Satchel Paige: “How old would you be if you didn’t know how old you were?” b) “Age is a matter of mind over matter. If you don’t mind, it doesn’t matter.”

 

All The Rules Rolled Into One

Satchel Paige: a) “Avoid fried meats which angry up the blood.” b) “Avoid running at all times. Don’t look back. Something might be gaining on you.”

Carl Rowan: “Every sickness ain’t death, and every goodbye ain’t gone.”

T.S. Eliot: a) “Humility is the most difficult of all virtues to achieve.” b) “Nothing dies harder than the desire to think well of oneself.”

 

I can only add that it has always seemed to me that if you want something more than anyone else in the world wants it, and that if you’re willing to exercise the utmost intelligence and industry to get it, it will be yours.

 

Best wishes for success.

 

Yours very truly

 

Jack Kent Cooke (personally signed, with the flair of a king)

 

(Now, do you see what I mean about it being one of the best letters of all time? I have repeated Mr. Cooke’s philosophy on the three parts of humanity, and his final sentence about wanting something more than anyone else, many times to many people. Now, I have finally shared it with everyone else in the world.)

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The War of Art – Turning Pro

The second section in The War of Art, by Steven Pressfield, exposes all of us artists (well, almost all of us) for what we really are – amateurs – and explains the simple but profound differences between an “amateur” and a “professional.” These are the terms Pressfield uses to label dabbling hobbyists vs. dedicated, focused, disciplined craftsmen. (Nomar Garciaparra, by the way, is one of my favorite pros. A hard-working dude who’s an artist with the bat and glove.) I can’t resist sharing a few excerpts:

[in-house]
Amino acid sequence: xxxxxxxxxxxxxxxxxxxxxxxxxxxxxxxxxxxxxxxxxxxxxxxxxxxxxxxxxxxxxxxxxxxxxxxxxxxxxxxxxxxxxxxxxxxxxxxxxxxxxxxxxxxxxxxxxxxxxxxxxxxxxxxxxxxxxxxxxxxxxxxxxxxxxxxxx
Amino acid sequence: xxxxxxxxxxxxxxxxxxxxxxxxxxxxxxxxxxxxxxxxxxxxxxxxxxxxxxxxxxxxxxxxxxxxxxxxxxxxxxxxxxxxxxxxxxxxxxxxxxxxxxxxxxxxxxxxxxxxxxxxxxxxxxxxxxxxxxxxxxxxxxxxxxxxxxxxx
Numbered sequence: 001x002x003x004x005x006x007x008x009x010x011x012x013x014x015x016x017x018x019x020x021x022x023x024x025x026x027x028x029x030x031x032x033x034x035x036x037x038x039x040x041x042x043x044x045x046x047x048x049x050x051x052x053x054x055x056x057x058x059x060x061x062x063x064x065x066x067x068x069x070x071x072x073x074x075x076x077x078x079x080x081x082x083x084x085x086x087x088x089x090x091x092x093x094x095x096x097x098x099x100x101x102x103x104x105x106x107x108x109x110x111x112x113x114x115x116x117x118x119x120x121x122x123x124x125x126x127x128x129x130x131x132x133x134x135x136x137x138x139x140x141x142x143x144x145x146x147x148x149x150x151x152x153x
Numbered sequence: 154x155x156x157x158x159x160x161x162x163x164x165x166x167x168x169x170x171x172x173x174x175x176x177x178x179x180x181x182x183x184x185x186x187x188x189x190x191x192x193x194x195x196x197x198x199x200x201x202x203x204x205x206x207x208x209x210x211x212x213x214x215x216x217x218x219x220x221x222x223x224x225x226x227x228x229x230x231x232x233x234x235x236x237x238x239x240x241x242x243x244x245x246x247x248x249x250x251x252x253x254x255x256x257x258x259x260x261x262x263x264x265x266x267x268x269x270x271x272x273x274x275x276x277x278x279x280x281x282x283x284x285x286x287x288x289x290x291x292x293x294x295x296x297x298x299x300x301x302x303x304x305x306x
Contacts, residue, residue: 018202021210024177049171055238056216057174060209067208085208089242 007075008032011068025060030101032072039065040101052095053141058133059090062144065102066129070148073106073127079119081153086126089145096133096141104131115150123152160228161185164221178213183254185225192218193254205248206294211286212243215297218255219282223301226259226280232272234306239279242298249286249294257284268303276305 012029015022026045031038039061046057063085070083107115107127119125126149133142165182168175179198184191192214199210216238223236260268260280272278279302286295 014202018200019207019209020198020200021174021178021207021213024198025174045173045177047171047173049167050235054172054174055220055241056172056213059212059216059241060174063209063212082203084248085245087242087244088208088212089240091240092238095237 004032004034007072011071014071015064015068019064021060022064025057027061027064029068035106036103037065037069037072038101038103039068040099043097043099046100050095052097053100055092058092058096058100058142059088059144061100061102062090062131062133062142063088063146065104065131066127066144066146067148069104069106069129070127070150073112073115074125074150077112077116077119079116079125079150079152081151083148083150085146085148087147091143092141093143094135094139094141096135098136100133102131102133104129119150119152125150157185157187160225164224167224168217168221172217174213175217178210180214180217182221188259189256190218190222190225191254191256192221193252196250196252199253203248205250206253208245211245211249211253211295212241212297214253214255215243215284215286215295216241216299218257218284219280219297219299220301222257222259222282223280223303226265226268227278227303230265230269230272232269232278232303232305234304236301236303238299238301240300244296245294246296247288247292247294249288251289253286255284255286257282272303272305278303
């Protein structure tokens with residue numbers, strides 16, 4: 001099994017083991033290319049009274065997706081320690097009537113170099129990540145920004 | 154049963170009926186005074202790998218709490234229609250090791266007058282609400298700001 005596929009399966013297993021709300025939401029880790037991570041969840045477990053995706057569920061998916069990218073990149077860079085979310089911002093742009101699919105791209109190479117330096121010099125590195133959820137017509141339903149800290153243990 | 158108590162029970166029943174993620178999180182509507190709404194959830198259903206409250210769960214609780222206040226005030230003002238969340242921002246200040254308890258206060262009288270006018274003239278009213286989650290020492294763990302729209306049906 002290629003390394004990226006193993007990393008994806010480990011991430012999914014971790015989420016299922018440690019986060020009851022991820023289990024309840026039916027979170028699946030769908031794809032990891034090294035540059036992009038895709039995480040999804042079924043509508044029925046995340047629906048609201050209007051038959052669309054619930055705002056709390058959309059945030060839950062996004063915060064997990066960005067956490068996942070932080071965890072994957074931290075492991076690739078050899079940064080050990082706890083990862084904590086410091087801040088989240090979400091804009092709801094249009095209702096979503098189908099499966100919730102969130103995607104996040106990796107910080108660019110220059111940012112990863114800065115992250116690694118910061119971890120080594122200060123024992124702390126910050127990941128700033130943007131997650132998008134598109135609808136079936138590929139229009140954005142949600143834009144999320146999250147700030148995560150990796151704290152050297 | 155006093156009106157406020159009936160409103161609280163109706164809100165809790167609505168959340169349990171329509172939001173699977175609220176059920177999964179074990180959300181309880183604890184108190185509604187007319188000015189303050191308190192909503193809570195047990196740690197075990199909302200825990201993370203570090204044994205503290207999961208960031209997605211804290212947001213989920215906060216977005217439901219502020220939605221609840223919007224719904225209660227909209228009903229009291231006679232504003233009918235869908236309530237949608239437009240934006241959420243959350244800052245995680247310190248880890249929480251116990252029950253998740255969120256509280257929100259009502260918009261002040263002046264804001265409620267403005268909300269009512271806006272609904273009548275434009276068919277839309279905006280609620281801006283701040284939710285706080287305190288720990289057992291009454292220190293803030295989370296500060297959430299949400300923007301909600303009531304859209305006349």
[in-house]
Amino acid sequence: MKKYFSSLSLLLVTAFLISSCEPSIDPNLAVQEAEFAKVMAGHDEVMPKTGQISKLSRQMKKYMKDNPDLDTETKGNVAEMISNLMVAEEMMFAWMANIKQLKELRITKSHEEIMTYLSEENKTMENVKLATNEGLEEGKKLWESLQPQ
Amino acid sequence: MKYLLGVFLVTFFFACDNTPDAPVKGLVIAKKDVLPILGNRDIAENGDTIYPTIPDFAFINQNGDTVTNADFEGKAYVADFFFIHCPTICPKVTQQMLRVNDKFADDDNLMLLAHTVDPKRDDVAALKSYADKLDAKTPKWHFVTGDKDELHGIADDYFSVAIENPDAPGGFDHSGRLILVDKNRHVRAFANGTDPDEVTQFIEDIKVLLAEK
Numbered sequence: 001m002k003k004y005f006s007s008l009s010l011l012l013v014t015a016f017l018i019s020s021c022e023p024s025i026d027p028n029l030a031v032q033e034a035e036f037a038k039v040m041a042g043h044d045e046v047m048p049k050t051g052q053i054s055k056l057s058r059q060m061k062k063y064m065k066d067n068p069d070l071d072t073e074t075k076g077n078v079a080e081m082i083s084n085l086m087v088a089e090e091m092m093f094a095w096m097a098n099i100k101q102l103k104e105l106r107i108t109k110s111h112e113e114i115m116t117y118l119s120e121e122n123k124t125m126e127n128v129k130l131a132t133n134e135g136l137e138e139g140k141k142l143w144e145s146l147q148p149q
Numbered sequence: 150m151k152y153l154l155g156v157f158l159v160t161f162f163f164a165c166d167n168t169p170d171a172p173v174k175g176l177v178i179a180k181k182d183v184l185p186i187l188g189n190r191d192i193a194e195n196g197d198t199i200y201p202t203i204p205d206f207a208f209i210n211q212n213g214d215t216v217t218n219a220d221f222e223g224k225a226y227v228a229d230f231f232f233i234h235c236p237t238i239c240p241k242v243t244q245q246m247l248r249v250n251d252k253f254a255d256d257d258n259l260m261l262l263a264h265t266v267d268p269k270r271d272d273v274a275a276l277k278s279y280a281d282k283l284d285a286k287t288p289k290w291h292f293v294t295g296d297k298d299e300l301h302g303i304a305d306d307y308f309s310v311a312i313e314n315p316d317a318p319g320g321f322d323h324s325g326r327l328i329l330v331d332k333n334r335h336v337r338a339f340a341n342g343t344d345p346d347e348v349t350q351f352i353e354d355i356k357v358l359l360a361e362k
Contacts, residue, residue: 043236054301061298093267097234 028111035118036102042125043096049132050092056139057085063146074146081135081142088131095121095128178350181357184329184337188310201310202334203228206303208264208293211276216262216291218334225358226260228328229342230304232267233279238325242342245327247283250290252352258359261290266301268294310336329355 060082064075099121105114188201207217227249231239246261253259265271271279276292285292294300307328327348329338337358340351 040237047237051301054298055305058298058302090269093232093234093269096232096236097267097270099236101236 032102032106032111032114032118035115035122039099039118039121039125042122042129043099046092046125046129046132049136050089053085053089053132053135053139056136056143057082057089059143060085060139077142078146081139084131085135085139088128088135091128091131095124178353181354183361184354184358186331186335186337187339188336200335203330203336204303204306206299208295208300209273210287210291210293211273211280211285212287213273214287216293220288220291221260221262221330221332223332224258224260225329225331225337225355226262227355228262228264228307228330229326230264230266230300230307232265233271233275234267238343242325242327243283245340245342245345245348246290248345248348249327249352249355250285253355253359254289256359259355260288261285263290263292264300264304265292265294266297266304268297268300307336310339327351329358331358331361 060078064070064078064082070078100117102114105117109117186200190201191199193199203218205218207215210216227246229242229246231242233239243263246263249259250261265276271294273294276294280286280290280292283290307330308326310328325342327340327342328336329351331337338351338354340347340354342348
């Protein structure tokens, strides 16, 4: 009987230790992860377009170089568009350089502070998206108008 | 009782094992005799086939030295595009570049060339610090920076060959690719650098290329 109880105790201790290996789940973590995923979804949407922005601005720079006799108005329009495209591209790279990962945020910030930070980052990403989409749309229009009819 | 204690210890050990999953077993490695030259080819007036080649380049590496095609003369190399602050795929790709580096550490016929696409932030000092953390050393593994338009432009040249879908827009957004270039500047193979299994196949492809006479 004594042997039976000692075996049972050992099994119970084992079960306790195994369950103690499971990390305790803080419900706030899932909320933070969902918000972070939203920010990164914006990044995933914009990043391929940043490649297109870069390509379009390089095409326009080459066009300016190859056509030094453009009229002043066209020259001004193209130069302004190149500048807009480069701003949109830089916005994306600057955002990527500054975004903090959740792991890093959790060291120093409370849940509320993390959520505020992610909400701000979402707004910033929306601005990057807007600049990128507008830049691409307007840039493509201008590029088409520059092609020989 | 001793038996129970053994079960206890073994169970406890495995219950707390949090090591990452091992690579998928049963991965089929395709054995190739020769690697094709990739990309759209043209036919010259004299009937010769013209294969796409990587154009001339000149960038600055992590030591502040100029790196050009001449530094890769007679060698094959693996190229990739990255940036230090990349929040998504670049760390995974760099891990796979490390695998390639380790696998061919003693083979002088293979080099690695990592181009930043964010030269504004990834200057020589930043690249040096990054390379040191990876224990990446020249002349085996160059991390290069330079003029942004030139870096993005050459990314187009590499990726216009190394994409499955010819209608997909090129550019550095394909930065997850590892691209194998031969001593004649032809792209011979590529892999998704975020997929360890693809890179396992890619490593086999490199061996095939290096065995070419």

“The amateur is a weekend warrior. The professional is there seven days a week. …The professional loves [his game] so much, he commits his life to it…. Resistance hates it when we turn pro.”

“Do I really believe that my work is crucial to the planet’s survival? Of course not. But it’s as important to me as catching that mouse is to the hawk circling outside my window. He’s hungry. He needs a kill. So do I.”

“The payoff of playing-the-game-for-money is not the money (which you may never see anyway, even after you turn pro). The payoff is that playing the game for money produces the proper professional attitude. It inculcates the lunch-pail mentality, the hard-core, hard-head, hard-hat state of mind that shows up for work despite rain or snow or dark of night and slugs it out day after day.”

“The pro understands that all creative endeavor is holy, but she doesn’t dwell on it…. She concentrates on technique. The professional masters how, and leaves what and why to the gods…. The sign of the amateur is overglorification of and preoccupation with the mystery. The professional shuts up. She doesn’t talk about it. She does her work.”

“The professional conducts his business in the real world. Adversity, injustice, bad hops and rotten calls, even good breaks and lucky bounces all comprise the ground over which the campaign must be waged. The field is level, the professional understands, only in heaven.”

“The professional is prepared, each day, to confront his own self-sabotage. He understands that Resistance is fertile and ingenious. It will throw stuff at him that he’s never seen before. ….His goal is not victory (success will come by itself when it wants to) but to handle himself, his insides, as sturdily and steadily as he can.”

“The professional cannot take rejection personally because to do so reinforces Resistance. Editors are not the enemy; critics are not the enemy. Resistance is the enemy. The battle is inside our own heads. We cannot let external criticism, even if it’s true, fortify our internal foe….. The Bhagavad Gita tells us we have a right only to our labor, not to the fruits of our labor. All the warrior can give is his life; all the athlete can do is leave everything on the field….. The professional gives an ear to criticism, seeking to learn and grow. But she never forgets that Resistance is using criticism against her on a far more diabolical level.”